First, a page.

• Aaron Fetters

Foxes, Henhouses, and Homework The State of Measurement Part 2

Anytime a heated debate over media measurement occurs (oooh, aren’t those fun) you are almost guaranteed to hear at least one of the favored idioms. “We can’t let the fox in the henhouse” or, “we can’t let them grade their own homework”. These statements are applied in reference to the measurement of a media properties’ audience, and by extension the audience exposed to various advertisements. The sentiment behind this is in order for there to be a fair counting and representation of what a buyer (marketer) receives, it is not right to allow the seller (media owner) to do the counting and representation, that’s grading their own homework.


Folks in the media measurement space have used this logic for as long as I can remember, but perhaps it is time to reconsider the notion. If we were to go back 25 or 50 years, the idea that it makes more sense for one independent, neutral party to count and define audiences than media owners is understandable. There was one dominant form of media at the time, television. It was not so difficult to apply a single methodology and process to the collection and interpretation of data across all major media owners. Of course a big media buyer like Kellogg’s would not want to rely on CBS, NBC, and ABC to independently and accurately tell them how many women 25-54 saw their ads. Thus, the third party standard (in this case the Nielsen GRP) was established and deemed not a fox that would threaten the hens (buyer’s investments).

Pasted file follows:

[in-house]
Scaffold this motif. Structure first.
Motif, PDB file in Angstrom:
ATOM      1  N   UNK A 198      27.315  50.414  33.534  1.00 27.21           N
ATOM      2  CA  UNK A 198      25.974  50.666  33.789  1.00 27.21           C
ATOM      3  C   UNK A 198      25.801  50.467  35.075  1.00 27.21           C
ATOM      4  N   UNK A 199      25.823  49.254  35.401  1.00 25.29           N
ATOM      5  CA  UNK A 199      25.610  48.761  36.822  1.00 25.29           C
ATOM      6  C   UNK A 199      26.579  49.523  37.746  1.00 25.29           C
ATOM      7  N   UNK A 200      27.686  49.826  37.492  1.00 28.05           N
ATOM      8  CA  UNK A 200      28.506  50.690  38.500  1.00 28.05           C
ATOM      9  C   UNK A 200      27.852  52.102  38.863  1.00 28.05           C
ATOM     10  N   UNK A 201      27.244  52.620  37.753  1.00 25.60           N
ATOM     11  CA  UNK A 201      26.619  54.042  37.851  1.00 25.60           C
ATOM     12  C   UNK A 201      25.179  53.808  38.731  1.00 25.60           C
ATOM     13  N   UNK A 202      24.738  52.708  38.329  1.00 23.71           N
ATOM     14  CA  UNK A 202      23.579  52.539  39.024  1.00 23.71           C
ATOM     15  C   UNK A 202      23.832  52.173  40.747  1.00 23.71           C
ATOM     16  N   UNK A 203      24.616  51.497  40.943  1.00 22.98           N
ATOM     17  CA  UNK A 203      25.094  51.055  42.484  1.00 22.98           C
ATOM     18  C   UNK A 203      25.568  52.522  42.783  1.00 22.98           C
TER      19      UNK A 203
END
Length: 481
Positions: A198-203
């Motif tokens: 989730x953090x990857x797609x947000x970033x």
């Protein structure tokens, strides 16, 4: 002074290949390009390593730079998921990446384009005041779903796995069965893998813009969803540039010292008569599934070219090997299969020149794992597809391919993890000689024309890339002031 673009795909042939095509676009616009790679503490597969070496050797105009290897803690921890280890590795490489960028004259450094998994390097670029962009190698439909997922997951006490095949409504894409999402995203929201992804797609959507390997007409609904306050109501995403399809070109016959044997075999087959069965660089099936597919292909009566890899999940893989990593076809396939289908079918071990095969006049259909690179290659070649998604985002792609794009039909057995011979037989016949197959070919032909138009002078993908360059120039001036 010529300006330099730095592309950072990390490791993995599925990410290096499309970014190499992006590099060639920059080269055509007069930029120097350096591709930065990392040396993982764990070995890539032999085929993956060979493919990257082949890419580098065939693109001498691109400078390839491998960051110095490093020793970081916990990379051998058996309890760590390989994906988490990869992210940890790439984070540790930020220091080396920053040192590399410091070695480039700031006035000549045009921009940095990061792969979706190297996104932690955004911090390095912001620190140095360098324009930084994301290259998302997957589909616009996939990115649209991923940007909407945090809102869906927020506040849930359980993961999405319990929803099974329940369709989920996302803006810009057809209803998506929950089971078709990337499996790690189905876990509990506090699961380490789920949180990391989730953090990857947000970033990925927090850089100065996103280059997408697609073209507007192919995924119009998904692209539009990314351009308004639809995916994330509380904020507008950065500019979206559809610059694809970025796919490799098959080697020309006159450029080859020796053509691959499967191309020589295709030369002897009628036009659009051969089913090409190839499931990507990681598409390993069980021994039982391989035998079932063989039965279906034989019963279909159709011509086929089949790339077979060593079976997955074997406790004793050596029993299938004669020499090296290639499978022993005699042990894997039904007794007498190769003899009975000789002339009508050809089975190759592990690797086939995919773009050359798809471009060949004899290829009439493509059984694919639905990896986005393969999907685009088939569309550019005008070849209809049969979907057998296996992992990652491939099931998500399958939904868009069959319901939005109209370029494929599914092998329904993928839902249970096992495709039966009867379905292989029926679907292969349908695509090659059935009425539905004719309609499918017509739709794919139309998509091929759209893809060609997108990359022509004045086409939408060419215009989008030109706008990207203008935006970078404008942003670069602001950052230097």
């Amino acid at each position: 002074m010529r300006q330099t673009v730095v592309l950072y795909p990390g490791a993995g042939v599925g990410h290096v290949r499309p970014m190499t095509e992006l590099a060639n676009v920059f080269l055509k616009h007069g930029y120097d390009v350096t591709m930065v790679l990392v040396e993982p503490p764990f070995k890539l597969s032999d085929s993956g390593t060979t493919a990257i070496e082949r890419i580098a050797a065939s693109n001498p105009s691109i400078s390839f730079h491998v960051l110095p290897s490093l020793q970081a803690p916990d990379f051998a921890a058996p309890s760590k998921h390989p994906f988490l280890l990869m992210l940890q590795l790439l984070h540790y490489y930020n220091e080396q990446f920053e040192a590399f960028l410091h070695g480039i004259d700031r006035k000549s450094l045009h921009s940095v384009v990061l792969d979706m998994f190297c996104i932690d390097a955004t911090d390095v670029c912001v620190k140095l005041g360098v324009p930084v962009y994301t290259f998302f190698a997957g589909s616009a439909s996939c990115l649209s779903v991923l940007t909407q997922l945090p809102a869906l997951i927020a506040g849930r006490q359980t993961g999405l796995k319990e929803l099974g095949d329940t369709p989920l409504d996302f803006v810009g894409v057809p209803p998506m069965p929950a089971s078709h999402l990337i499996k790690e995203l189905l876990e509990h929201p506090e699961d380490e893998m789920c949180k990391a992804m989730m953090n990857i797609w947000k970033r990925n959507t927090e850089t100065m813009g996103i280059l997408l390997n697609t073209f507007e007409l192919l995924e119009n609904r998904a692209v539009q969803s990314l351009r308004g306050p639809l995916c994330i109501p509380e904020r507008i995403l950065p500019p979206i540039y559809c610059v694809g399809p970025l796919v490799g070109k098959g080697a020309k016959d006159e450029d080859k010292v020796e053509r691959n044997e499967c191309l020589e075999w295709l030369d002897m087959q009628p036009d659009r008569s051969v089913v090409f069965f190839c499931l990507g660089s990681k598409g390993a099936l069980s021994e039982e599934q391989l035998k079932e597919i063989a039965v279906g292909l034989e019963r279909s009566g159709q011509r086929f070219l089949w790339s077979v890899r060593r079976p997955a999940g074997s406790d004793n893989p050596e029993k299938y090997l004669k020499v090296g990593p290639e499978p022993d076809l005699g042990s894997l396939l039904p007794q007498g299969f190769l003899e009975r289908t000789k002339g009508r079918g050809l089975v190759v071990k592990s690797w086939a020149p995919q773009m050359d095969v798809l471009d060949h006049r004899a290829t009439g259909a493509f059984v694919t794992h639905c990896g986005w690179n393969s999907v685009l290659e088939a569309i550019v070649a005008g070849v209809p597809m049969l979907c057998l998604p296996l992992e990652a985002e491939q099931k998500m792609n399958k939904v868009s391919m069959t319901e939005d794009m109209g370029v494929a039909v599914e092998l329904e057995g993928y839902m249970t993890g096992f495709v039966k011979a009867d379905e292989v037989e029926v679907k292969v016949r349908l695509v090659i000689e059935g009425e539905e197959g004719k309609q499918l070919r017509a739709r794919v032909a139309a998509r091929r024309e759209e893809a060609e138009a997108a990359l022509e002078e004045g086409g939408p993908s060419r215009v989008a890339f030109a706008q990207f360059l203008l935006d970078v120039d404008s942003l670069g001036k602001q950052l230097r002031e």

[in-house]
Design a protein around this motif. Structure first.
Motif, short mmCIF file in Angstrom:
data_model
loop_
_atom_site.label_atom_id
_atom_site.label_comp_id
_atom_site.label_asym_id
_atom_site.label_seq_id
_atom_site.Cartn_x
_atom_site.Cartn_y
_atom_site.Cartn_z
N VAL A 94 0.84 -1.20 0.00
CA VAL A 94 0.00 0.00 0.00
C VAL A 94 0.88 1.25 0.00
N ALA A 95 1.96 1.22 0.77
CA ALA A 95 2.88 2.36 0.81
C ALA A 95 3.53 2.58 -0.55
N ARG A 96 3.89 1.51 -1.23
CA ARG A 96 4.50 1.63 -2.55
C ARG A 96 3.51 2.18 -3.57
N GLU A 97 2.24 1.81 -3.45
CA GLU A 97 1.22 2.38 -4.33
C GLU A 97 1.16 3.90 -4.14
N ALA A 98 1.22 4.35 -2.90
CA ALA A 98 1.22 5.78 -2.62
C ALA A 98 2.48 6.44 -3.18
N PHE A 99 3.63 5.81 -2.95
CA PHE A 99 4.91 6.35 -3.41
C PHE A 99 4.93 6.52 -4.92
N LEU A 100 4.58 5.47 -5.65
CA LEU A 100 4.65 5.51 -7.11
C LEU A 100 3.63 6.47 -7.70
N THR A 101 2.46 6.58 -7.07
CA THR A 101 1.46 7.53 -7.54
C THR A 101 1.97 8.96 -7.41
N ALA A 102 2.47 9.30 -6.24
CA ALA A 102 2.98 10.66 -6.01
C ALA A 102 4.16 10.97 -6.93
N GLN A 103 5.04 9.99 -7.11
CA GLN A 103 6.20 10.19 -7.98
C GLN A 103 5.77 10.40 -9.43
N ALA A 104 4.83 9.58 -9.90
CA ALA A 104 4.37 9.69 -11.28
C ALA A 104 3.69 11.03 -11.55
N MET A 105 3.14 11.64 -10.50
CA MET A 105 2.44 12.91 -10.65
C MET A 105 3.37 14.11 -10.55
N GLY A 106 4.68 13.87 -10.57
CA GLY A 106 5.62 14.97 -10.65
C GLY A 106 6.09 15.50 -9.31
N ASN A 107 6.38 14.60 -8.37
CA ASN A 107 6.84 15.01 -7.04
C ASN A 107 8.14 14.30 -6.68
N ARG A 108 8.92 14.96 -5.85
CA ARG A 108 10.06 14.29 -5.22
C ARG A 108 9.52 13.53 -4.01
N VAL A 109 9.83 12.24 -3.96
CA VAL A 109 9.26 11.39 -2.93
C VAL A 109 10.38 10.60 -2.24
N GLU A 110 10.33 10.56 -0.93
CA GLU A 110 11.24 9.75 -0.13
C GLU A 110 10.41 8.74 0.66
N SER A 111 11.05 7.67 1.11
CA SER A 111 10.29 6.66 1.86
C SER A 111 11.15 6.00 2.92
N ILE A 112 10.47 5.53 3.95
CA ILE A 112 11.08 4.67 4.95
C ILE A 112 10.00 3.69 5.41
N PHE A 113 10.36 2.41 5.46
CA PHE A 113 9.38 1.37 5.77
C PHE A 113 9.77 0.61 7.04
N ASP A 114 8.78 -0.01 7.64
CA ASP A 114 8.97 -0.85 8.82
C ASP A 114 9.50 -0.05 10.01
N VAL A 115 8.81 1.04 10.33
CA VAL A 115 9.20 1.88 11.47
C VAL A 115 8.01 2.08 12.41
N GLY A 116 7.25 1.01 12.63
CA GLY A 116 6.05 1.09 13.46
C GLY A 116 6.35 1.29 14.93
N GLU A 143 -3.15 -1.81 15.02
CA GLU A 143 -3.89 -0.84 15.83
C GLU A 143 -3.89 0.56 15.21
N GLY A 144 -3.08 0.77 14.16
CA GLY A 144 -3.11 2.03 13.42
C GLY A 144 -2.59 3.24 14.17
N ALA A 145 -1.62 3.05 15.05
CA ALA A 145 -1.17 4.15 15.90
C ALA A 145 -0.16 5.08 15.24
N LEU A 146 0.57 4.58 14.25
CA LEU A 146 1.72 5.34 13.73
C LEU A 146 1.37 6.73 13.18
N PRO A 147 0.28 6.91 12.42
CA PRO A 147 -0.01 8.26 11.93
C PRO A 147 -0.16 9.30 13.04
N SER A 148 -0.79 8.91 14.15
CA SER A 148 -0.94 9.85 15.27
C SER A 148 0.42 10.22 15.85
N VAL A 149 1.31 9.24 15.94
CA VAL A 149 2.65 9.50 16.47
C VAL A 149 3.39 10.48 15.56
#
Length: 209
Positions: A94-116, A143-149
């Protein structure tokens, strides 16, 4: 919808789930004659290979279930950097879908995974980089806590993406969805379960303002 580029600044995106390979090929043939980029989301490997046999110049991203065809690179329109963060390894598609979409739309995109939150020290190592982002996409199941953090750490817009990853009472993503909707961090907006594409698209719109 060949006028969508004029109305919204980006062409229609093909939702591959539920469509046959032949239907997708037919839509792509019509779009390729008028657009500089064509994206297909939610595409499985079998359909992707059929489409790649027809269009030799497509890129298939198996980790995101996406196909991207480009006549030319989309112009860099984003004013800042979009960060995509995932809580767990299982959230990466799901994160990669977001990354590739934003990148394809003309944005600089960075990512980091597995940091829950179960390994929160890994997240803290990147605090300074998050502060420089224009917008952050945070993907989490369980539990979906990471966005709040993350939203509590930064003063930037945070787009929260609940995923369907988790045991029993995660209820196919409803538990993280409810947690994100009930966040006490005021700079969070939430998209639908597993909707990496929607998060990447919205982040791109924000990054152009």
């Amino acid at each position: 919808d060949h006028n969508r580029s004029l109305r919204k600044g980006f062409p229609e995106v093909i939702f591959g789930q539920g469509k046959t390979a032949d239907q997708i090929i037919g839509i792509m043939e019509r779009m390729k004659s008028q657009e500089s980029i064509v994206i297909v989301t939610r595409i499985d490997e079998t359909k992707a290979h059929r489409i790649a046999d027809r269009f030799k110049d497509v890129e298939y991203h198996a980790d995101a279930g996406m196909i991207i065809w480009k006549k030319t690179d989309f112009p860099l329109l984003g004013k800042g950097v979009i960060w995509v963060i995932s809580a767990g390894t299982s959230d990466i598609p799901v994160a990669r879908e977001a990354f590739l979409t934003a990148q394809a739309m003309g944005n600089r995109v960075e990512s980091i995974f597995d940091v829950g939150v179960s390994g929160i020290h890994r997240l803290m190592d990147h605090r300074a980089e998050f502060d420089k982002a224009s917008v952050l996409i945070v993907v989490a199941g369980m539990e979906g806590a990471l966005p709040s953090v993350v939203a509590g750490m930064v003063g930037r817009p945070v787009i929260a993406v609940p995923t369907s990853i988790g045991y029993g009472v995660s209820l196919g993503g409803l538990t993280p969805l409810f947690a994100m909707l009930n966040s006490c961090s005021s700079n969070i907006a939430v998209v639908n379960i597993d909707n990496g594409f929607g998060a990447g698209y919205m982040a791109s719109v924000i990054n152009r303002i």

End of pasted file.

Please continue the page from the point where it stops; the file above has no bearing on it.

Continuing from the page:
But my, how things have changed in the past 25 years. Media choices seem endless - television, digital display, digital video, CTV, mobile browser, mobile app, and on and on. All of a sudden, the idea that a single methodology and process could accurately collect all the data necessary to produce reliable audience measurement seems impossible. As I noted in my last post - The State of Measurement Today - audience measurement fundamentally requires two things - accurate counting of people, and accurate assignment of descriptors about those people (demographics, behaviors, etc). Let’s examine each of those and really critique the “no grading your own homework” mindset.


First and foremost we have to consider the accurate counting of people. If we just look at three major formats of media - television, mobile video, and streaming/CTV - in order for a single company to actually count the number of people exposed to content or ads they need to:

  • Collect linear TV viewing data either through an opt-in panel or aggregation of set-top box data

  • Deploy tags to all media properties’ web pages as well as advertisers’ ads themselves

  • Deploy an SDK to any and all major mobile apps where video will be played

  • Deploy an SDK to all major streaming apps, and/or passively collect viewing data through things like audio content recognition (ACR) and smart TV device manufacturer data